On the face of it, the launch of a range of low cost smartphones, including the iPhone 5C, is simply about bringing smartphones ‘to the rest of us.’ Look a little deeper and it becomes clear that the whole model of ‘subsidizing’ handsets is evolving. Post paid customers became used to signing up to a contract for 12 or 24 months in exchange for a smart smartphone at a decent price. More recently, in a world where there are device upgrades and new releases every few months, two years is simply too long.
The trend is to move to looser contracts, and to make the device an integral part of the transactions that will drive revenues for the operator. In essence, the customer is subsidizing his own device. The more the customer uses his mobile device as his ‘first screen,’ his way of sharing services; keeping in touch; purchasing goods; managing his finances and supporting himself with Real-time self care, the more revenue the operator reaps. The device becomes part of the transaction and in exchange the customer can upgrade his device as often as he wishes.
The challenge is that as all of the customer’s life becomes focused on his mobile device, so too all of his passwords, security procedures and contact lists migrate to the device as well. Security must be robust yet intuitive and the device must play host to a secure yet supportive environment for the customer’s requirements. At the moment, there are a host of password solutions and easier and easier to use apps to help the customer manage all this securely and easily but that is only half the issue because they live on the device.
The critical point is that if the handset manufacturer and/or the operator is persuading the customer to upgrade every few months, then all of the customer’s apps, card numbers, passwords and contact lists must be able to be moved quickly, easily and securely from one device to the next. The nightmare of transferring all that information, all those apps and all those contacts manually must become a thing of the past.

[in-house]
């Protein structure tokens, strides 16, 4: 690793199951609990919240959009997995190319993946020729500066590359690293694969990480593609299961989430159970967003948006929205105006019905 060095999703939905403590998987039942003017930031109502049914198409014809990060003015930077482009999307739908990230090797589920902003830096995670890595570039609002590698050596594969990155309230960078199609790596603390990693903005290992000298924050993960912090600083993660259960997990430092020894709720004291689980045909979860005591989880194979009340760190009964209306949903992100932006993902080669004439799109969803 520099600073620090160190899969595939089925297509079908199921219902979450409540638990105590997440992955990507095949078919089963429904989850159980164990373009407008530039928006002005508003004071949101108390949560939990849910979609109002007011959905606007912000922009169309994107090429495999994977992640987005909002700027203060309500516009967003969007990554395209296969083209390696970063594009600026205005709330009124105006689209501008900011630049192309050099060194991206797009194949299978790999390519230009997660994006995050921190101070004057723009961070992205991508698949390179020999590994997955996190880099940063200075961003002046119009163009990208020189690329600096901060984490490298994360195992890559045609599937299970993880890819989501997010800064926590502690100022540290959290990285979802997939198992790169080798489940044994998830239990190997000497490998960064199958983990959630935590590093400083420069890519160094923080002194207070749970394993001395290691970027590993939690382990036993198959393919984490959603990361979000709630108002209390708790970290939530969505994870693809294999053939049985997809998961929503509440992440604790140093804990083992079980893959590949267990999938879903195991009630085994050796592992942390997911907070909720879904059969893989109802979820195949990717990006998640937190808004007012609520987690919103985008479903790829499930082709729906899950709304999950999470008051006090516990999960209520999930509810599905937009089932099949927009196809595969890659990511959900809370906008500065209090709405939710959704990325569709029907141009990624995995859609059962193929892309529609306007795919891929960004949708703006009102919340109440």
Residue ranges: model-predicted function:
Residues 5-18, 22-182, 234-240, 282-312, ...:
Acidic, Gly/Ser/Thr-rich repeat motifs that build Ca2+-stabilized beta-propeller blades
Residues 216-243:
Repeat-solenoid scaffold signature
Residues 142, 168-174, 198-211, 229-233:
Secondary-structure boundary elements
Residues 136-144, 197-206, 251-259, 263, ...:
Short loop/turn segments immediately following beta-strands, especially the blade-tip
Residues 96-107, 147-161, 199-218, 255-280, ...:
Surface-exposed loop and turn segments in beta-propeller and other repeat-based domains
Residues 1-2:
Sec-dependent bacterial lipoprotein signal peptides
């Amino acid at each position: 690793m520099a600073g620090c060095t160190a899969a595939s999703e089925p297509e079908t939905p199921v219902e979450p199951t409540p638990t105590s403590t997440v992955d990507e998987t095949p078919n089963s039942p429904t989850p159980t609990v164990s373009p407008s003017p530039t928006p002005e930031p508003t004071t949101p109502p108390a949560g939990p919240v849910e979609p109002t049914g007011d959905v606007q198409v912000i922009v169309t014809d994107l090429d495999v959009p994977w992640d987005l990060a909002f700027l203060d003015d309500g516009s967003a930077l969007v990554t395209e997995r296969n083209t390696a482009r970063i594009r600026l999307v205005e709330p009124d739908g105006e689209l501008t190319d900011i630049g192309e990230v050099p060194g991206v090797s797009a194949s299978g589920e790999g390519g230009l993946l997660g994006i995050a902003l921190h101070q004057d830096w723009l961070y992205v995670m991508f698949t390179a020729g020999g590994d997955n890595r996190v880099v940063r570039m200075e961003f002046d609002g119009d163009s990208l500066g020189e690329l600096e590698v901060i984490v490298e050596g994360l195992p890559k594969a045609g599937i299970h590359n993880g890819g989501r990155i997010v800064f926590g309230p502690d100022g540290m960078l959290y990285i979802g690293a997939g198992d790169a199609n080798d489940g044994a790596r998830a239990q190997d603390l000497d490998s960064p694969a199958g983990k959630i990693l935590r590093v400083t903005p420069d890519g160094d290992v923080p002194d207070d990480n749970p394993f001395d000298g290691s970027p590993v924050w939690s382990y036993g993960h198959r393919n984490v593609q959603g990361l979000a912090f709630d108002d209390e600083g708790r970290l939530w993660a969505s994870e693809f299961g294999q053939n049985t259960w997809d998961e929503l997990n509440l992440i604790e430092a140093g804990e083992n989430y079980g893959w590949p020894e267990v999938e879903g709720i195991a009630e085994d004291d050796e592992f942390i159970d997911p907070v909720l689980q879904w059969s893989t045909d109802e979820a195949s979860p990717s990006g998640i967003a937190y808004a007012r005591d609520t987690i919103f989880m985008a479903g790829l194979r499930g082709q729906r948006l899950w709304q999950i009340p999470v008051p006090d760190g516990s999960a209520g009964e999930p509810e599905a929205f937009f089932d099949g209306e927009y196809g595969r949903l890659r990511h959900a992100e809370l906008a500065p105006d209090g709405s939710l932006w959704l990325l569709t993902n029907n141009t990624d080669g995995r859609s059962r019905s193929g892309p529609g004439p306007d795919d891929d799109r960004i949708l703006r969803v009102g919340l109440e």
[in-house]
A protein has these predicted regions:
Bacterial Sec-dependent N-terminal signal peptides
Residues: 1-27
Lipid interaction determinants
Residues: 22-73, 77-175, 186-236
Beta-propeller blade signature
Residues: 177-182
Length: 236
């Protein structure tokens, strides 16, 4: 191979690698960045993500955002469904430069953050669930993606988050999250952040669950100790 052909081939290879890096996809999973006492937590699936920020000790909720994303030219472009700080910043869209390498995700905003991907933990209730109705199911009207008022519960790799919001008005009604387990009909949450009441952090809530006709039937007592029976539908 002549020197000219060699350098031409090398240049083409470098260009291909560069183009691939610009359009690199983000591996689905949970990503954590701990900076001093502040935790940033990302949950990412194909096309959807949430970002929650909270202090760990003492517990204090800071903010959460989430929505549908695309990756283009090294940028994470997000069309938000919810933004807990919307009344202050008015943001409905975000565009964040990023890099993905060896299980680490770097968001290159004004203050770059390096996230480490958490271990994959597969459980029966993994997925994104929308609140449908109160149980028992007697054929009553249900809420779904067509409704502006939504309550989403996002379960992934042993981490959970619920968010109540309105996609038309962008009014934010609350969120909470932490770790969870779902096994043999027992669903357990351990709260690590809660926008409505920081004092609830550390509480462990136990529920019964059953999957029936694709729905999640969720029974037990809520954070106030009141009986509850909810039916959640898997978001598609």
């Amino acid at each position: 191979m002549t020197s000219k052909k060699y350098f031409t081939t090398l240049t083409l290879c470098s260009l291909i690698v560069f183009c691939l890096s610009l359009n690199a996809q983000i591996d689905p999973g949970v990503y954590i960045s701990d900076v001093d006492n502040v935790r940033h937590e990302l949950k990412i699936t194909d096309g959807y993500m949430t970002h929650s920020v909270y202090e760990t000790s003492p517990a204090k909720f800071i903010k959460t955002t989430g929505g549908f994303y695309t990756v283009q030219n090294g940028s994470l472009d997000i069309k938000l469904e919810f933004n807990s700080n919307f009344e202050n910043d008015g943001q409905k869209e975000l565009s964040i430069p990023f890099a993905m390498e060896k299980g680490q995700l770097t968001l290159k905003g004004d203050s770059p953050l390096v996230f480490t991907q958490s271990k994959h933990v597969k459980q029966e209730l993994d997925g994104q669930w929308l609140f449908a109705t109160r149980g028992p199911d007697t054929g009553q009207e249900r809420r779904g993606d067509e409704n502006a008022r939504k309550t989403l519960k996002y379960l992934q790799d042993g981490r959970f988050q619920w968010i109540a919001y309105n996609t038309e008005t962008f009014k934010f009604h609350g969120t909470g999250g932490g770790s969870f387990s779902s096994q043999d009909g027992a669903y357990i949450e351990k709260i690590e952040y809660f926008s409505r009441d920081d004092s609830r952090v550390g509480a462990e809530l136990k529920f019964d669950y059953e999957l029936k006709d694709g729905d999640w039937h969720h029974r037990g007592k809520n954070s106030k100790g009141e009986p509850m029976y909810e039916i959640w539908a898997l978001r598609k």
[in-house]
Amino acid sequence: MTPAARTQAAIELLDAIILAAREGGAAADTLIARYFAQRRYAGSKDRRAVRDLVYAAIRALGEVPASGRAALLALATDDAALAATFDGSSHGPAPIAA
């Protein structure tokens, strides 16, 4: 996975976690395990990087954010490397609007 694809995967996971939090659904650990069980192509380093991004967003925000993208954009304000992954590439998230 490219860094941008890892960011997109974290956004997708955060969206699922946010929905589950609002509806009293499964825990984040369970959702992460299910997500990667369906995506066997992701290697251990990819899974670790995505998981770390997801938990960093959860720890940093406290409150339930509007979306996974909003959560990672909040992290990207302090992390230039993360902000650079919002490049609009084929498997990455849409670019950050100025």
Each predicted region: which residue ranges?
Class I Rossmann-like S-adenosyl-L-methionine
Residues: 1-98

The obvious solution to this is to use the cloud to store the customer’s information, passwords and contact lists. This pushes the responsibility on to the operator to manage the essentials of the customer’s life and deliver it to whatever device the customer is using.
Moving identity management, authentication, and payment into the cloud puts a premium on real-time policy control and billing. Once a user is identified, their entire device experience should appear on their new disposable phone. User security has to be a priority, but mobile operators also want to ensure that they can enable access to services and purchases seamlessly, in exactly the same way that they did on their previous device. The goal remains to be able to offer exactly the services that the customer wants at the time that the customer wants them.
Real-time policy control and charging are the tools to control user identity, security and purchasing through whatever device an authenticated customer happens to be using… however often they choose to move to another device. As operators understand the need for real-time and rapidly adopt real-time functionality, they must also consider the needs of the customer in a disposable device world, and think ‘cloud’ plus real-time as part of the solution.